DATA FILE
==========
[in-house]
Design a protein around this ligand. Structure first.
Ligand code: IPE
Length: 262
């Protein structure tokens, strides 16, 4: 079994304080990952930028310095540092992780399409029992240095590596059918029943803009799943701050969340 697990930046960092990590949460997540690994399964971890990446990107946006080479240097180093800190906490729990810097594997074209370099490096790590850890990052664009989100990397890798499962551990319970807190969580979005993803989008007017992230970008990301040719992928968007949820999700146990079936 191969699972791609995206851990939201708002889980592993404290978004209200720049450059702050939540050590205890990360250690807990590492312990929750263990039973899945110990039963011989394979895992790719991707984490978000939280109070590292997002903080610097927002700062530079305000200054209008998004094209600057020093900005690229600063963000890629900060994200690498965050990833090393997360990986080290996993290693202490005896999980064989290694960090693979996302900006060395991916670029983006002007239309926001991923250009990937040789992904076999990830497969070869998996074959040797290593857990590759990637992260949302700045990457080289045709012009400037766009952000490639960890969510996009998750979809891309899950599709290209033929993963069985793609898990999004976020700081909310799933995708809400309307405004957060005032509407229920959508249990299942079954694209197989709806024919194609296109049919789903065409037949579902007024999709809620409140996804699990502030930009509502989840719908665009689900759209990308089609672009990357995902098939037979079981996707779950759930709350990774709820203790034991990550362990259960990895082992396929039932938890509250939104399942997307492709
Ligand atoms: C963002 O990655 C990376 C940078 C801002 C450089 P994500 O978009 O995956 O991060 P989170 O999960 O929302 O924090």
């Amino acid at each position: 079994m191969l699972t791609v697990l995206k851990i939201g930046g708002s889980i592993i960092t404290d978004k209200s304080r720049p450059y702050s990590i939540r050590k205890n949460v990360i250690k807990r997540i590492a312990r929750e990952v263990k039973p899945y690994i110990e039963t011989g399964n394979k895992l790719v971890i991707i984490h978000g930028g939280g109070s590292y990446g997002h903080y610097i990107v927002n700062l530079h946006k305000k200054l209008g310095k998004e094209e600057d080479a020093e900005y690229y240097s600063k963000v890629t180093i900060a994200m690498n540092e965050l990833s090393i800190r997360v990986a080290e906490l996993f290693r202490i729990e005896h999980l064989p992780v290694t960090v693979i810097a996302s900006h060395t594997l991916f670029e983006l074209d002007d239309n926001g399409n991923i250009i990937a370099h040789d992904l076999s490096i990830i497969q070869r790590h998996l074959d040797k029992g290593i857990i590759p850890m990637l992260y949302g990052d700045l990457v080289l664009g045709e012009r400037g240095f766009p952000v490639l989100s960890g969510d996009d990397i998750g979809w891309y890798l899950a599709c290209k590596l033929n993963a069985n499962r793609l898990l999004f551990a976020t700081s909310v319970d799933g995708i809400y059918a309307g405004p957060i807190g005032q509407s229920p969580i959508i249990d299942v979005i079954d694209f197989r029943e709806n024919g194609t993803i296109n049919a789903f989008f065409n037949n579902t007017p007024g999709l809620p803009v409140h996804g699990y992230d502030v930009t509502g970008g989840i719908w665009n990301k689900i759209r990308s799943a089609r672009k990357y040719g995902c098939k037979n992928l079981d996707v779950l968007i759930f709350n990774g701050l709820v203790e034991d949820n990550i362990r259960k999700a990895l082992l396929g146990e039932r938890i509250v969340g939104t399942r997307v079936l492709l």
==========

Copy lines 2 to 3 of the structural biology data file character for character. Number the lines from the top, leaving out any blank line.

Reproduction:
Design a protein around this ligand. Structure first.
Ligand code: IPE